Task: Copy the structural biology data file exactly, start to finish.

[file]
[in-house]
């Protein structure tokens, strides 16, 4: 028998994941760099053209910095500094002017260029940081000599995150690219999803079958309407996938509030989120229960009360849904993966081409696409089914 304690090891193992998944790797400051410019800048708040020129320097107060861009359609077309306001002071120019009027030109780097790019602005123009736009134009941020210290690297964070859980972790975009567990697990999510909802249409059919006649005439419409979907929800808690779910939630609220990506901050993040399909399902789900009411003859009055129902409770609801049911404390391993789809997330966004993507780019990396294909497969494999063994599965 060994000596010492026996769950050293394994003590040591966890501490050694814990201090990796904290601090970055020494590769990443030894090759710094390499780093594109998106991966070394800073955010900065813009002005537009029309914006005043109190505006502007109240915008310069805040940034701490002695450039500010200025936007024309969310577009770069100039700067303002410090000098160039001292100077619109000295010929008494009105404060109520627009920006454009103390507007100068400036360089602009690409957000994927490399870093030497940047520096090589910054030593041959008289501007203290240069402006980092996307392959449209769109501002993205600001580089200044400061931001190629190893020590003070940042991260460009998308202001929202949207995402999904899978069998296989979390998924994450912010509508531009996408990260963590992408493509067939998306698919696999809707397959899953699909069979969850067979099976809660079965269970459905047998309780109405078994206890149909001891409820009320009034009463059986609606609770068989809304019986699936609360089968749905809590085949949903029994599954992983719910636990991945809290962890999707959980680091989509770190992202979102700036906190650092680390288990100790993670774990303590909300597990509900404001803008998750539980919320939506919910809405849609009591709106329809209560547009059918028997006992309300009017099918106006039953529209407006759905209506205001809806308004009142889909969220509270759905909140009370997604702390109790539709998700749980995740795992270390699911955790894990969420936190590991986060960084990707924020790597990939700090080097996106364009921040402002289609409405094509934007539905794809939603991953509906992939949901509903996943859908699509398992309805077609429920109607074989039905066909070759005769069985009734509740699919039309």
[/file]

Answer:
[in-house]
């Protein structure tokens, strides 16, 4: 028998994941760099053209910095500094002017260029940081000599995150690219999803079958309407996938509030989120229960009360849904993966081409696409089914 304690090891193992998944790797400051410019800048708040020129320097107060861009359609077309306001002071120019009027030109780097790019602005123009736009134009941020210290690297964070859980972790975009567990697990999510909802249409059919006649005439419409979907929800808690779910939630609220990506901050993040399909399902789900009411003859009055129902409770609801049911404390391993789809997330966004993507780019990396294909497969494999063994599965 060994000596010492026996769950050293394994003590040591966890501490050694814990201090990796904290601090970055020494590769990443030894090759710094390499780093594109998106991966070394800073955010900065813009002005537009029309914006005043109190505006502007109240915008310069805040940034701490002695450039500010200025936007024309969310577009770069100039700067303002410090000098160039001292100077619109000295010929008494009105404060109520627009920006454009103390507007100068400036360089602009690409957000994927490399870093030497940047520096090589910054030593041959008289501007203290240069402006980092996307392959449209769109501002993205600001580089200044400061931001190629190893020590003070940042991260460009998308202001929202949207995402999904899978069998296989979390998924994450912010509508531009996408990260963590992408493509067939998306698919696999809707397959899953699909069979969850067979099976809660079965269970459905047998309780109405078994206890149909001891409820009320009034009463059986609606609770068989809304019986699936609360089968749905809590085949949903029994599954992983719910636990991945809290962890999707959980680091989509770190992202979102700036906190650092680390288990100790993670774990303590909300597990509900404001803008998750539980919320939506919910809405849609009591709106329809209560547009059918028997006992309300009017099918106006039953529209407006759905209506205001809806308004009142889909969220509270759905909140009370997604702390109790539709998700749980995740795992270390699911955790894990969420936190590991986060960084990707924020790597990939700090080097996106364009921040402002289609409405094509934007539905794809939603991953509906992939949901509903996943859908699509398992309805077609429920109607074989039905066909070759005769069985009734509740699919039309």